‘Disastrous for public safety’ – minister reignites rhetoric on tech firms’ encryption
Home Office minister Atkins says Facebook is ‘of particular concern’
A Home Office minister has claimed that technology firms’ use of end-to-end encryption technology will “have a disastrous impact on public safety”.
Safeguarding minister Victoria Atkins said that, while “the UK supports strong encryption”, it stands staunchly against any measures that “wholly preclude tech companies’ access to content”. This includes end-to-end encryption – which is designed to ensure that no-one other than the sender or recipient can read messages, with even the messaging platform in question blocked from access.
“As well as preventing law enforcement from securing lawfully authorised access to vital content as part of their investigations, it severely erodes tech companies’ ability to tackle the most serious illegal content on their platforms, including online child sexual exploitation and abuse,” she said. “All communication service providers must ensure that there will be no reduction to public safety when they implement new technology or other design choices.”
End-to-end encryption is already used in the Facebook-owned messaging service WhatsApp, and the social media company plans to implement the technology across its Messenger service.
“Facebook’s proposals are of particular concern due to the risk profile of the platform,” Atkins added. “In 2020 Facebook provided 20.3 million child sexual abuse referrals to the National Center for Missing and Exploited Children – the US body which processes industry reports of child sexual abuse. NCMEC’s previous assessment is that 70% of Facebook’s total referrals relate to Messenger and are therefore likely to be lost once that service is end-to-end encrypted.”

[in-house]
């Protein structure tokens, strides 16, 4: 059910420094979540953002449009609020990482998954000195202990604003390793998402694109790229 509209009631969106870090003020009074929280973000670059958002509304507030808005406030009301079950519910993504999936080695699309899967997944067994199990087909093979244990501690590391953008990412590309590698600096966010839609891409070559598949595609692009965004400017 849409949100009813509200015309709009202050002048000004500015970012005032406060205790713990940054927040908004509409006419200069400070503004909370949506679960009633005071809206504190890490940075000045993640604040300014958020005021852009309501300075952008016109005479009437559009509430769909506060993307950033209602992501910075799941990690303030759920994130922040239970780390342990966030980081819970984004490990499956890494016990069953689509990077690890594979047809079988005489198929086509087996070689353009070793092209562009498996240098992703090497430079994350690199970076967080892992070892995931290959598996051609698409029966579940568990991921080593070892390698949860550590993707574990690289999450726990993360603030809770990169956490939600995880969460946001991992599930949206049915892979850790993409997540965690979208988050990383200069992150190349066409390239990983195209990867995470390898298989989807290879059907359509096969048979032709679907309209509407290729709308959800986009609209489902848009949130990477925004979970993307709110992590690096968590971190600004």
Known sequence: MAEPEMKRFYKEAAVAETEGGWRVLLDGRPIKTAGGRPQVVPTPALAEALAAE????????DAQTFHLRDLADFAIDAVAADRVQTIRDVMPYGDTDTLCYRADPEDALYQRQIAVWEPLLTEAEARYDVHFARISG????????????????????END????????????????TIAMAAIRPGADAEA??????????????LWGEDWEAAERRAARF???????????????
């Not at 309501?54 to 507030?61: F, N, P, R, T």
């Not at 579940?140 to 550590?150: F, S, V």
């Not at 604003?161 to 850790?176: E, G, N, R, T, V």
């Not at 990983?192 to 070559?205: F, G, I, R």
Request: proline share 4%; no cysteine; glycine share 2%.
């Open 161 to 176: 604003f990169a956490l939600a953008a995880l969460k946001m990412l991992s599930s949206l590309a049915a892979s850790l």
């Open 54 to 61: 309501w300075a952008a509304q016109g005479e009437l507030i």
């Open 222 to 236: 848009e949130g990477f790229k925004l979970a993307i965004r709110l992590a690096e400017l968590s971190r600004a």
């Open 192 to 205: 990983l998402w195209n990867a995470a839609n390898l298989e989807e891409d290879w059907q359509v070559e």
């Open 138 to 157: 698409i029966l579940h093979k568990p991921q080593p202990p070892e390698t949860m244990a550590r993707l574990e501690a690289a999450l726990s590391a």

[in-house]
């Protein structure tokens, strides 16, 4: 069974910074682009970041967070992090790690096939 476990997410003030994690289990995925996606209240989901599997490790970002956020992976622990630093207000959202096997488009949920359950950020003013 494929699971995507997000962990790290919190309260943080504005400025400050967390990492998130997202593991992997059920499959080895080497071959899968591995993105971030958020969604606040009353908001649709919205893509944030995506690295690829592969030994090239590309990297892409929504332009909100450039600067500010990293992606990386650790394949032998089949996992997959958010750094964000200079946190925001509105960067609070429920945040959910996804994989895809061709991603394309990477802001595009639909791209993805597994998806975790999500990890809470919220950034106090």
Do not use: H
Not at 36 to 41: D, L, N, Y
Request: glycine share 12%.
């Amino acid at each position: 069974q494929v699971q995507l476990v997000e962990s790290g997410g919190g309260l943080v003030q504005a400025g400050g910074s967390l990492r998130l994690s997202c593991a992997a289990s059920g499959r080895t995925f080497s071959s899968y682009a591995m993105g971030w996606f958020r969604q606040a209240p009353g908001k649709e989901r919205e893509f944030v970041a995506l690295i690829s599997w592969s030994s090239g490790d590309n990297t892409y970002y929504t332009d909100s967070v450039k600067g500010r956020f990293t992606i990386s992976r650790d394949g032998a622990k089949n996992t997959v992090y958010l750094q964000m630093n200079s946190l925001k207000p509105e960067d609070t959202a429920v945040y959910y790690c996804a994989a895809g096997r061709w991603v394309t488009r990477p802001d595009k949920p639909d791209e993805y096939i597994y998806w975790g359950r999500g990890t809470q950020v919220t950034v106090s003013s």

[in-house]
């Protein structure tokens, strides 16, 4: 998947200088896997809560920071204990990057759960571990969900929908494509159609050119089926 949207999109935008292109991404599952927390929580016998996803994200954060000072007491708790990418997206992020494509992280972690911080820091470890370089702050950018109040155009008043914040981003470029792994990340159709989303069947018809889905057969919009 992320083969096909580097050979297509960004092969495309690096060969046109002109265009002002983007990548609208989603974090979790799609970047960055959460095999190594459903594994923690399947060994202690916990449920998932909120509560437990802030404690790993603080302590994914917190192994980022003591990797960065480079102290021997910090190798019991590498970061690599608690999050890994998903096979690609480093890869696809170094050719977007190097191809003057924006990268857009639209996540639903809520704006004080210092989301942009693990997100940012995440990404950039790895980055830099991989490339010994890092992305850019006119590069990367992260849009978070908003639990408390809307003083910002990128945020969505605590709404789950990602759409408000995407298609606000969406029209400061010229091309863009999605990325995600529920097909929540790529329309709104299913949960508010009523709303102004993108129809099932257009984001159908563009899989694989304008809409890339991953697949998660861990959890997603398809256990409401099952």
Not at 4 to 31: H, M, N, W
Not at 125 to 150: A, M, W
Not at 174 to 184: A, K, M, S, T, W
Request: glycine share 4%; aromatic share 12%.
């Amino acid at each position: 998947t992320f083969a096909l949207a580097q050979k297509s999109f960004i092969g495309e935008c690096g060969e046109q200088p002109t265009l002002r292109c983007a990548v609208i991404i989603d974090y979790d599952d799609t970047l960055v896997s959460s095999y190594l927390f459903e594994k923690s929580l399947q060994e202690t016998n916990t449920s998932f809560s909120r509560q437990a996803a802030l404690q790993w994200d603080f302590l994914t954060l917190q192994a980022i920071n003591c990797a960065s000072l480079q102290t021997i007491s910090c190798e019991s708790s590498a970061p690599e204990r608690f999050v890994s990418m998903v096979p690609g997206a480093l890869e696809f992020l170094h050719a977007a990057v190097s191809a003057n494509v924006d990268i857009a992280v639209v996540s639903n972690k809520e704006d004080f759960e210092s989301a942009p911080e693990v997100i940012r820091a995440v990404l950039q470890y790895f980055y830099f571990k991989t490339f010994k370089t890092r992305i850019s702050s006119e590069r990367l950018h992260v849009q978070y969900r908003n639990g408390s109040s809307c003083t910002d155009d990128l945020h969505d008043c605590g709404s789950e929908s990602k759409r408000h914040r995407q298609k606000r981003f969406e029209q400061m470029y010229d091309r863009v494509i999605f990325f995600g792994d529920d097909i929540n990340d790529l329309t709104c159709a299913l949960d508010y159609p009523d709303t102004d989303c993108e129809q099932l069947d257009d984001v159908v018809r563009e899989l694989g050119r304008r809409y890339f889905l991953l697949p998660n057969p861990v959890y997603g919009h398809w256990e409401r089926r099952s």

Atkins’ comments are the latest – and perhaps most stinging – in a series of ministerial criticisms of encryption technology going back several years. Current home secretary Priti Patel and her predecessor-but-one Amber Rudd have both spoken out against it in the past.
“The UK is leading work across the world urging all tech companies to collaborate with governments on mutually agreeable solutions that ensure user privacy is protected,” the safeguarding minister added.
Her comments came in response to a written parliamentary question from Democratic Unionist Party MP Carla Lockhart, who asked whether the government had discussed encryption with Facebook, Google, or other social media firms, and whether any such talks had prompted “an assessment of the potential effect of that encryption on child abuse online”.
“Ministers and officials have regular contact with technology companies, including Facebook and Google, about the safety of their platforms,” Atkins said.
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